600 AD - 1050 AD
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A variety of initiatives were undertaken in the period between the 7th and 11th Centuries with the result that by 1050 AD, the structures of production and social organization were established - villages, towns, class hierarchies - which were to provide the framework for succeeding centuries.

Both the small kingdoms of the period before the Danish invasion and the later English state made some contribution to economic development. Kings minted coins to enable them to collect taxes in convenient and portable form and to assert royal rule in the manner of the Roman emperors and rulers on the Continent. They produced small silver coins (called 'sceattas') from the 7th Century which were replaced by the larger silver penny in the late 8th. In this way, kings provided a convenient medium for commerce. They also developed centers at which traders and craftsmen settled. The first of these towns in the period before 900 AD were usually called 'wics' and were sited strategically to serve as trading places. The people of these settlements traded in goods such as wool, cloth, wine, millstones and crafted objects of metal, bone and stone. Kings encouraged the development of trading centers around major settlements such as castles, churches and centers of government.

This first phase of town settlement tended to be transient and the inland centers were of modest size. More permanent and large-scale developments came around 900 AD when the rulers of Wessex and the Scandinavian states founded centers of government and defense known as boroughs. Large numbers of immigrants were attracted to them as they were well protected. This provided a steady flow of customers who came to visit courts, pay taxes, attend church services and go about the daily rituals of life. These towns were settled intensively with houses packed together and accumulated rubbish had begun to cause major pollution hazards by the 10th Century. By the late 11th Century more than a hundred towns had developed with a combined population approaching 200,000.

In the 9th and 10th Centuries the aristocracy became more numerous and more demanding with their burdens of taxation and tithes upon the local populace. The companions, servants and officials of the nobles required a stable landed endowment and as government and warfare became more complex, the rulers wished to reward and sustain a larger body of these supporters (called 'thegns'). Thus the estates of the nobles began to be divided and distributed in small shares among these thegns. The peasant population provided the labor on each plot of land and thus the first fifedoms were created. A peasant living on the land of a local lord would work for his master and pay rent in the form of barley, hens, sheep or coinage. To provide these terms, the peasant had to sell goods and produce or items they manufactured on their own.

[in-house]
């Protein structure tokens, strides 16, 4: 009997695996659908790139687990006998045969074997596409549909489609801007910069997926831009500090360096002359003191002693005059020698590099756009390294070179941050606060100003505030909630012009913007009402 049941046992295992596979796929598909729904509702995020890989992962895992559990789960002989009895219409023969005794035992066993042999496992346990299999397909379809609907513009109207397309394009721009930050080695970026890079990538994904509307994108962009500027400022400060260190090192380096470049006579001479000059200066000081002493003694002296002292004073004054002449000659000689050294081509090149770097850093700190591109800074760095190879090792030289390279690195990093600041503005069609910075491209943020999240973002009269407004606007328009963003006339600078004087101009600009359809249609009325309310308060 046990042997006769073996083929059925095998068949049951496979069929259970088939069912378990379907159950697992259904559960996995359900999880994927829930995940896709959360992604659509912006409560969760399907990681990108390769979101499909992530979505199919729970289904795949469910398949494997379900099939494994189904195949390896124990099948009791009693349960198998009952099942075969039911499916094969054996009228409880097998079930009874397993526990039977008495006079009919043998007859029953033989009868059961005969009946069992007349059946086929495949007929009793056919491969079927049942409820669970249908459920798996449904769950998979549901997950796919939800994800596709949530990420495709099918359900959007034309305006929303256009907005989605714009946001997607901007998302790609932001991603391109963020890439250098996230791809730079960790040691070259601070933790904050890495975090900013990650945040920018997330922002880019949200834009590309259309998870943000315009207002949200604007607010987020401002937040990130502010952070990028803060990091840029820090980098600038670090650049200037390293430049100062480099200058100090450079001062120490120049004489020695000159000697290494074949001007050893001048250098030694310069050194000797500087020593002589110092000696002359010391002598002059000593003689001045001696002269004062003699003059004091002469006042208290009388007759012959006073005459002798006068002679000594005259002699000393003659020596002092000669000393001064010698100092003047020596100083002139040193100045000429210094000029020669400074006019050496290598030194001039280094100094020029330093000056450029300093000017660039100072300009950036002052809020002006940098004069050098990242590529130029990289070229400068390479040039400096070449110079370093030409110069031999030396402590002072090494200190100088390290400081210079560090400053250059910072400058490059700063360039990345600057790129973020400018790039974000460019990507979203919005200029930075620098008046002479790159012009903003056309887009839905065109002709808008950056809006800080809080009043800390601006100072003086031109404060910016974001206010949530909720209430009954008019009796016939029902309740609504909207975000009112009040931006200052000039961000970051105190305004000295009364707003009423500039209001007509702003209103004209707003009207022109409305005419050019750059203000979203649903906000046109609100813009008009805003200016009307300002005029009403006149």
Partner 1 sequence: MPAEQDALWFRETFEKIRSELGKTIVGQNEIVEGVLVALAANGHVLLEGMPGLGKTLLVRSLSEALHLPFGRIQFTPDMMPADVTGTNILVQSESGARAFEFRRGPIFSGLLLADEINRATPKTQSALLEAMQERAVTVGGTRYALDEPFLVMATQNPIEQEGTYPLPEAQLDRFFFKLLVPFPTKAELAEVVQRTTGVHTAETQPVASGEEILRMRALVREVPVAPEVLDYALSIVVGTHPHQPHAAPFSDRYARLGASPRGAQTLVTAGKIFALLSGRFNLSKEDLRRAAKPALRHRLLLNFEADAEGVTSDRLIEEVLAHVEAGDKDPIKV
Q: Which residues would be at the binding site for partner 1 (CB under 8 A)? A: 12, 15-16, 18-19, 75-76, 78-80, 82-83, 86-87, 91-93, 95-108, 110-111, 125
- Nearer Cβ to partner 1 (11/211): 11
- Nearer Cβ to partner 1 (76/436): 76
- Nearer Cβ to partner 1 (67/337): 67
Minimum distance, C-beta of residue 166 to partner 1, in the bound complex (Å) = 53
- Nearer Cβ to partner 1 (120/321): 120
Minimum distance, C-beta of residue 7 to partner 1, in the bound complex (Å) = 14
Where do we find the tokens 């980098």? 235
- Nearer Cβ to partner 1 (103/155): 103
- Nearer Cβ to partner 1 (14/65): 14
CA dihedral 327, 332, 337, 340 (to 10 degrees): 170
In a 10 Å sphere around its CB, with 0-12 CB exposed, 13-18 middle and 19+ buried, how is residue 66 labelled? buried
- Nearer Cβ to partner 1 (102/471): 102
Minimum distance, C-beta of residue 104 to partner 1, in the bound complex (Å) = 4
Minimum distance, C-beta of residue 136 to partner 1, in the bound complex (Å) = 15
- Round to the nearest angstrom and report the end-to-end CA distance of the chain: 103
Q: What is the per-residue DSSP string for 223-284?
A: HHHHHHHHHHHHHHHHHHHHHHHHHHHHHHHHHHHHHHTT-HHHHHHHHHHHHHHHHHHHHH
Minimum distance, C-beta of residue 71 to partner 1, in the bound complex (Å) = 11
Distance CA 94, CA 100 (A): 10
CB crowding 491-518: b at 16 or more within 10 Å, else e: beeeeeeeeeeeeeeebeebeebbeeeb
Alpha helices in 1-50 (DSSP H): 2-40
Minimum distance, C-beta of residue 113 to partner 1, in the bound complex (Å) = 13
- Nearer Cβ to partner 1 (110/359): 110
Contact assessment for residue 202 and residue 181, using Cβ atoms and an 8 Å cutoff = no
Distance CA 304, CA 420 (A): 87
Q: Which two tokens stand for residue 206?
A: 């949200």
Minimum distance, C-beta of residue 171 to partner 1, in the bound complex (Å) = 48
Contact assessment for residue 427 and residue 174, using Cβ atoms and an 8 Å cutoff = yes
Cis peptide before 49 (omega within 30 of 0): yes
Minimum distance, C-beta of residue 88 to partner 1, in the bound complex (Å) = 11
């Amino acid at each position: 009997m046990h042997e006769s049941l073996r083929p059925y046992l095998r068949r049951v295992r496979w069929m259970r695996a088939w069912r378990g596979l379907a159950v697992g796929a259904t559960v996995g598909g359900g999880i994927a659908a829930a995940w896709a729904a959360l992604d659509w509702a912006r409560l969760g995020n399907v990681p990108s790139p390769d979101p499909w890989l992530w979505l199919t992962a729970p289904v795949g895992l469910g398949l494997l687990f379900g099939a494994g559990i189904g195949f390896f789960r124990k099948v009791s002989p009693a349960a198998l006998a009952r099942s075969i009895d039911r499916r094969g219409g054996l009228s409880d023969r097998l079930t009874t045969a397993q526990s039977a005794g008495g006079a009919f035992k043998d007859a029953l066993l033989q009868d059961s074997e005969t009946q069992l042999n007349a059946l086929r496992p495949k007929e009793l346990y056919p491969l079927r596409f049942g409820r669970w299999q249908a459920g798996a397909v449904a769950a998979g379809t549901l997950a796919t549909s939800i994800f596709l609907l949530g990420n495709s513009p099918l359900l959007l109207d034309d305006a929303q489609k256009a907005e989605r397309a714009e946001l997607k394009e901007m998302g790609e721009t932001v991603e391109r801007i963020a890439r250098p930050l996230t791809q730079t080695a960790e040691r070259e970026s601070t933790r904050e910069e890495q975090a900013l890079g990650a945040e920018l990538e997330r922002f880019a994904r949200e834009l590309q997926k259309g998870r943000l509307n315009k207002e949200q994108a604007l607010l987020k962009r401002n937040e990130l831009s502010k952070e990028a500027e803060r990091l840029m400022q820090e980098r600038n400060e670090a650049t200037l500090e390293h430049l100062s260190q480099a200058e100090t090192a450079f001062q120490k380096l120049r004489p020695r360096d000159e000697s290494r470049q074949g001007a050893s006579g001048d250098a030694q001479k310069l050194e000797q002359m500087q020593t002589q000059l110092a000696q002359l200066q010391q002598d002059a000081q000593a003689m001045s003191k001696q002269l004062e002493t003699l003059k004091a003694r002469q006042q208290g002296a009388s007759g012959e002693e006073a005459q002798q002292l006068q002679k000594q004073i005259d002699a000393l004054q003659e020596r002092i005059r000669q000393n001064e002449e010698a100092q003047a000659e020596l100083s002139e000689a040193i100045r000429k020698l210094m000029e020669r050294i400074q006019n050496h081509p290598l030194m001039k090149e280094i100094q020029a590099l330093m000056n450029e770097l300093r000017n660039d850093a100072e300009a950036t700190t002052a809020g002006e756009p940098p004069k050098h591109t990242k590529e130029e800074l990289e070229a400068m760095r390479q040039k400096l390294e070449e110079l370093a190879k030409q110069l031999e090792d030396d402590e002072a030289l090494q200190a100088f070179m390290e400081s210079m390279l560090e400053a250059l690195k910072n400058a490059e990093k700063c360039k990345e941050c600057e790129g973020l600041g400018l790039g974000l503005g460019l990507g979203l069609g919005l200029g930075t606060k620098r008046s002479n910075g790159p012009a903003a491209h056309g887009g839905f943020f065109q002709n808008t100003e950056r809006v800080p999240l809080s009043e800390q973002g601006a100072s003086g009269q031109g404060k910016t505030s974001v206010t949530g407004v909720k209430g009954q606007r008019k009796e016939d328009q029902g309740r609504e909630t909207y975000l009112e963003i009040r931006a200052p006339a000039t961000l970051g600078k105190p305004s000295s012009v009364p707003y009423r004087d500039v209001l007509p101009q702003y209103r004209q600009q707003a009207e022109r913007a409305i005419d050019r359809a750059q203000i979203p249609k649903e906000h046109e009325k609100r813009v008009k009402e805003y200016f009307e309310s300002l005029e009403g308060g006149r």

The formation of nucleated villages and the laying out of large tracts of open fields represent great creative achievements of this period. Before 900 AD most people lived in small farms or hamlets. By the end of the 11th Century hundreds of thousands of peasants abandoned their hamlets and congregated in villages. These settlements were planned and split into rectangular blocks. They were always central to the fields and farmlands that sustained them.

The system used was a collective management of the land by the village. In a two-field system only one field would be planted and tilled while the other would be left as fallow for grazing and gave the land time to recover from continuous cropping. The system was a compromise between individual intiative and governed law.

While 'village-belts' began to appear, systems of protecting, governing and maintaining the important crop fields became a practiced way of life. The people represented an independent collective and through their growth and innovation, managed to establish a system of commerce and trade revolving around their successful agriculture. Thus by 1050 AD, the basics for an economic system had been laid.

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